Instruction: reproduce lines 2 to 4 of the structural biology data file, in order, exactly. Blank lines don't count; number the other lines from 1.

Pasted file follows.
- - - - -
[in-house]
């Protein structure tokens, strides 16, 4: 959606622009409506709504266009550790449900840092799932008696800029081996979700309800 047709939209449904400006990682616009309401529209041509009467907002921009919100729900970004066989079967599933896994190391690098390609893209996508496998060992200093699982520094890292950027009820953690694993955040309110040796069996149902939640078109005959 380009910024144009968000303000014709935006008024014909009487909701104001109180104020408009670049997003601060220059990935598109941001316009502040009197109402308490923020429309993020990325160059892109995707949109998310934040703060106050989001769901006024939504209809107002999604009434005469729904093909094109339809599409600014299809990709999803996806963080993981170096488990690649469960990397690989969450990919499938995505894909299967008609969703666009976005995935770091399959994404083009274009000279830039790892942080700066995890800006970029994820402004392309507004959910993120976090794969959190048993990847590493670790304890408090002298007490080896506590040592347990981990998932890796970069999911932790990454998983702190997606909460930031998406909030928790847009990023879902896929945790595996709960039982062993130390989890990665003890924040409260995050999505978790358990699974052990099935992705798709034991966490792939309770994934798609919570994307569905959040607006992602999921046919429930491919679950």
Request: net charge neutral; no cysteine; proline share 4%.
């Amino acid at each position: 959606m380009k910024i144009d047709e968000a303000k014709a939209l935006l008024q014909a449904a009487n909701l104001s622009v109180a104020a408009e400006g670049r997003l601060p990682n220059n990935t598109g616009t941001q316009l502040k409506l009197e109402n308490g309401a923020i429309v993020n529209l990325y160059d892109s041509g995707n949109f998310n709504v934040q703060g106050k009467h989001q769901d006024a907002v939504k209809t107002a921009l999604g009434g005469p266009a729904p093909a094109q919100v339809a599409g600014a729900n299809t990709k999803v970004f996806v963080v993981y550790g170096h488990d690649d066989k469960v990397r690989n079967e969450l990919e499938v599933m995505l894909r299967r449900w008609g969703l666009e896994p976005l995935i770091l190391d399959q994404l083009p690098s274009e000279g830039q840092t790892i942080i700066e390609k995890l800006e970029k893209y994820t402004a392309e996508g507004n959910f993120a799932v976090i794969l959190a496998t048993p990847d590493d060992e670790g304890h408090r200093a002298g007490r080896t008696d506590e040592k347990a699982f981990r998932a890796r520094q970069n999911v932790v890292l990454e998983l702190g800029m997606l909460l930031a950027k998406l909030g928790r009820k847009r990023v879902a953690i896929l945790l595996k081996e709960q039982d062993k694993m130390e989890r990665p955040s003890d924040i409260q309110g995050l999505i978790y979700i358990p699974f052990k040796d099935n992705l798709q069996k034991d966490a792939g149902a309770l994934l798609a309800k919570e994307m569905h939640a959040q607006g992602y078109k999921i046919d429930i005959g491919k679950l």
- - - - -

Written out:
């Protein structure tokens, strides 16, 4: 959606622009409506709504266009550790449900840092799932008696800029081996979700309800 047709939209449904400006990682616009309401529209041509009467907002921009919100729900970004066989079967599933896994190391690098390609893209996508496998060992200093699982520094890292950027009820953690694993955040309110040796069996149902939640078109005959 380009910024144009968000303000014709935006008024014909009487909701104001109180104020408009670049997003601060220059990935598109941001316009502040009197109402308490923020429309993020990325160059892109995707949109998310934040703060106050989001769901006024939504209809107002999604009434005469729904093909094109339809599409600014299809990709999803996806963080993981170096488990690649469960990397690989969450990919499938995505894909299967008609969703666009976005995935770091399959994404083009274009000279830039790892942080700066995890800006970029994820402004392309507004959910993120976090794969959190048993990847590493670790304890408090002298007490080896506590040592347990981990998932890796970069999911932790990454998983702190997606909460930031998406909030928790847009990023879902896929945790595996709960039982062993130390989890990665003890924040409260995050999505978790358990699974052990099935992705798709034991966490792939309770994934798609919570994307569905959040607006992602999921046919429930491919679950």
Request: net charge neutral; no cysteine; proline share 4%.
């Amino acid at each position: 959606m380009k910024i144009d047709e968000a303000k014709a939209l935006l008024q014909a449904a009487n909701l104001s622009v109180a104020a408009e400006g670049r997003l601060p990682n220059n990935t598109g616009t941001q316009l502040k409506l009197e109402n308490g309401a923020i429309v993020n529209l990325y160059d892109s041509g995707n949109f998310n709504v934040q703060g106050k009467h989001q769901d006024a907002v939504k209809t107002a921009l999604g009434g005469p266009a729904p093909a094109q919100v339809a599409g600014a729900n299809t990709k999803v970004f996806v963080v993981y550790g170096h488990d690649d066989k469960v990397r690989n079967e969450l990919e499938v599933m995505l894909r299967r449900w008609g969703l666009e896994p976005l995935i770091l190391d399959q994404l083009p690098s274009e000279g830039q840092t790892i942080i700066e390609k995890l800006e970029k893209y994820t402004a392309e996508g507004n959910f993120a799932v976090i794969l959190a496998t048993p990847d590493d060992e670790g304890h408090r200093a002298g007490r080896t008696d506590e040592k347990a699982f981990r998932a890796r520094q970069n999911v932790v890292l990454e998983l702190g800029m997606l909460l930031a950027k998406l909030g928790r009820k847009r990023v879902a953690i896929l945790l595996k081996e709960q039982d062993k694993m130390e989890r990665p955040s003890d924040i409260q309110g995050l999505i978790y979700i358990p699974f052990k040796d099935n992705l798709q069996k034991d966490a792939g149902a309770l994934l798609a309800k919570e994307m569905h939640a959040q607006g992602y078109k999921i046919d429930i005959g491919k679950l």